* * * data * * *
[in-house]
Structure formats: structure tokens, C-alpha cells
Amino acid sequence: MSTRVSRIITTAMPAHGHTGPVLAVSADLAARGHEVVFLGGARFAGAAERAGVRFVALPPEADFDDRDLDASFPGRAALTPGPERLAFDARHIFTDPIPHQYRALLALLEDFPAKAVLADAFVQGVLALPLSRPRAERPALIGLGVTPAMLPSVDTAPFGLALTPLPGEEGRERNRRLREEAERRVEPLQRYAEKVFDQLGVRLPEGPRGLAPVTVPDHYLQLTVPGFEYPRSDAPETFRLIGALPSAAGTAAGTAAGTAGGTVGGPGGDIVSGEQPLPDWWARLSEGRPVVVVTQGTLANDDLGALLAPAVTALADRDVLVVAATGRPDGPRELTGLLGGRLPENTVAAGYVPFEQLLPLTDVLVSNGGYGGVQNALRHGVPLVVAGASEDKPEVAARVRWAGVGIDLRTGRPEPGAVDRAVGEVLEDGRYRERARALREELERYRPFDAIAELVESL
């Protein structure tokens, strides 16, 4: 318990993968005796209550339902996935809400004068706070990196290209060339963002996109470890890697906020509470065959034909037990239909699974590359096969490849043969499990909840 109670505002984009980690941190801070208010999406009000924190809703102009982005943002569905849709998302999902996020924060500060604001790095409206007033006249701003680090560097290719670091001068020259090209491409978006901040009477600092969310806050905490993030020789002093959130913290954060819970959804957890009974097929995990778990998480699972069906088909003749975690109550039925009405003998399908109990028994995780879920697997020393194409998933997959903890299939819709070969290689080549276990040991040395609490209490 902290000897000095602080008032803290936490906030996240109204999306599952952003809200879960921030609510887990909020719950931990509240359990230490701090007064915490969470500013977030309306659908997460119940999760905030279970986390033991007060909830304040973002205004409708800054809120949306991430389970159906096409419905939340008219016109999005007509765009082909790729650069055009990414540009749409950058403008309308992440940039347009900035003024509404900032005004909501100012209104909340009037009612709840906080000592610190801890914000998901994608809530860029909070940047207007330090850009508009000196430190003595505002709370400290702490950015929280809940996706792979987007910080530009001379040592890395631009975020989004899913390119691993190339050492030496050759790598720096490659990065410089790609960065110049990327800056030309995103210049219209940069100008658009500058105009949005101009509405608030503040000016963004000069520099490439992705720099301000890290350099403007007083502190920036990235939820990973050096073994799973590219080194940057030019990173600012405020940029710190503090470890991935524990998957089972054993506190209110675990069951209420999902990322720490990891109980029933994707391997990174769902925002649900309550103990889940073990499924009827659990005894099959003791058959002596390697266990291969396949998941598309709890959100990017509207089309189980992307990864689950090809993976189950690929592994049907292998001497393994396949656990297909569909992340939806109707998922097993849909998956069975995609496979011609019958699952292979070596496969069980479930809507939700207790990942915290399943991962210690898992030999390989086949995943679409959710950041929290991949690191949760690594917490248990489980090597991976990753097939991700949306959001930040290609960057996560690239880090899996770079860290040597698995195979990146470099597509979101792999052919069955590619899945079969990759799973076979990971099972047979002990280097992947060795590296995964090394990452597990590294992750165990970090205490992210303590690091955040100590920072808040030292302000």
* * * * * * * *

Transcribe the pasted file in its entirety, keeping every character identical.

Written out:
[in-house]
Structure formats: structure tokens, C-alpha cells
Amino acid sequence: MSTRVSRIITTAMPAHGHTGPVLAVSADLAARGHEVVFLGGARFAGAAERAGVRFVALPPEADFDDRDLDASFPGRAALTPGPERLAFDARHIFTDPIPHQYRALLALLEDFPAKAVLADAFVQGVLALPLSRPRAERPALIGLGVTPAMLPSVDTAPFGLALTPLPGEEGRERNRRLREEAERRVEPLQRYAEKVFDQLGVRLPEGPRGLAPVTVPDHYLQLTVPGFEYPRSDAPETFRLIGALPSAAGTAAGTAAGTAGGTVGGPGGDIVSGEQPLPDWWARLSEGRPVVVVTQGTLANDDLGALLAPAVTALADRDVLVVAATGRPDGPRELTGLLGGRLPENTVAAGYVPFEQLLPLTDVLVSNGGYGGVQNALRHGVPLVVAGASEDKPEVAARVRWAGVGIDLRTGRPEPGAVDRAVGEVLEDGRYRERARALREELERYRPFDAIAELVESL
């Protein structure tokens, strides 16, 4: 318990993968005796209550339902996935809400004068706070990196290209060339963002996109470890890697906020509470065959034909037990239909699974590359096969490849043969499990909840 109670505002984009980690941190801070208010999406009000924190809703102009982005943002569905849709998302999902996020924060500060604001790095409206007033006249701003680090560097290719670091001068020259090209491409978006901040009477600092969310806050905490993030020789002093959130913290954060819970959804957890009974097929995990778990998480699972069906088909003749975690109550039925009405003998399908109990028994995780879920697997020393194409998933997959903890299939819709070969290689080549276990040991040395609490209490 902290000897000095602080008032803290936490906030996240109204999306599952952003809200879960921030609510887990909020719950931990509240359990230490701090007064915490969470500013977030309306659908997460119940999760905030279970986390033991007060909830304040973002205004409708800054809120949306991430389970159906096409419905939340008219016109999005007509765009082909790729650069055009990414540009749409950058403008309308992440940039347009900035003024509404900032005004909501100012209104909340009037009612709840906080000592610190801890914000998901994608809530860029909070940047207007330090850009508009000196430190003595505002709370400290702490950015929280809940996706792979987007910080530009001379040592890395631009975020989004899913390119691993190339050492030496050759790598720096490659990065410089790609960065110049990327800056030309995103210049219209940069100008658009500058105009949005101009509405608030503040000016963004000069520099490439992705720099301000890290350099403007007083502190920036990235939820990973050096073994799973590219080194940057030019990173600012405020940029710190503090470890991935524990998957089972054993506190209110675990069951209420999902990322720490990891109980029933994707391997990174769902925002649900309550103990889940073990499924009827659990005894099959003791058959002596390697266990291969396949998941598309709890959100990017509207089309189980992307990864689950090809993976189950690929592994049907292998001497393994396949656990297909569909992340939806109707998922097993849909998956069975995609496979011609019958699952292979070596496969069980479930809507939700207790990942915290399943991962210690898992030999390989086949995943679409959710950041929290991949690191949760690594917490248990489980090597991976990753097939991700949306959001930040290609960057996560690239880090899996770079860290040597698995195979990146470099597509979101792999052919069955590619899945079969990759799973076979990971099972047979002990280097992947060795590296995964090394990452597990590294992750165990970090205490992210303590690091955040100590920072808040030292302000």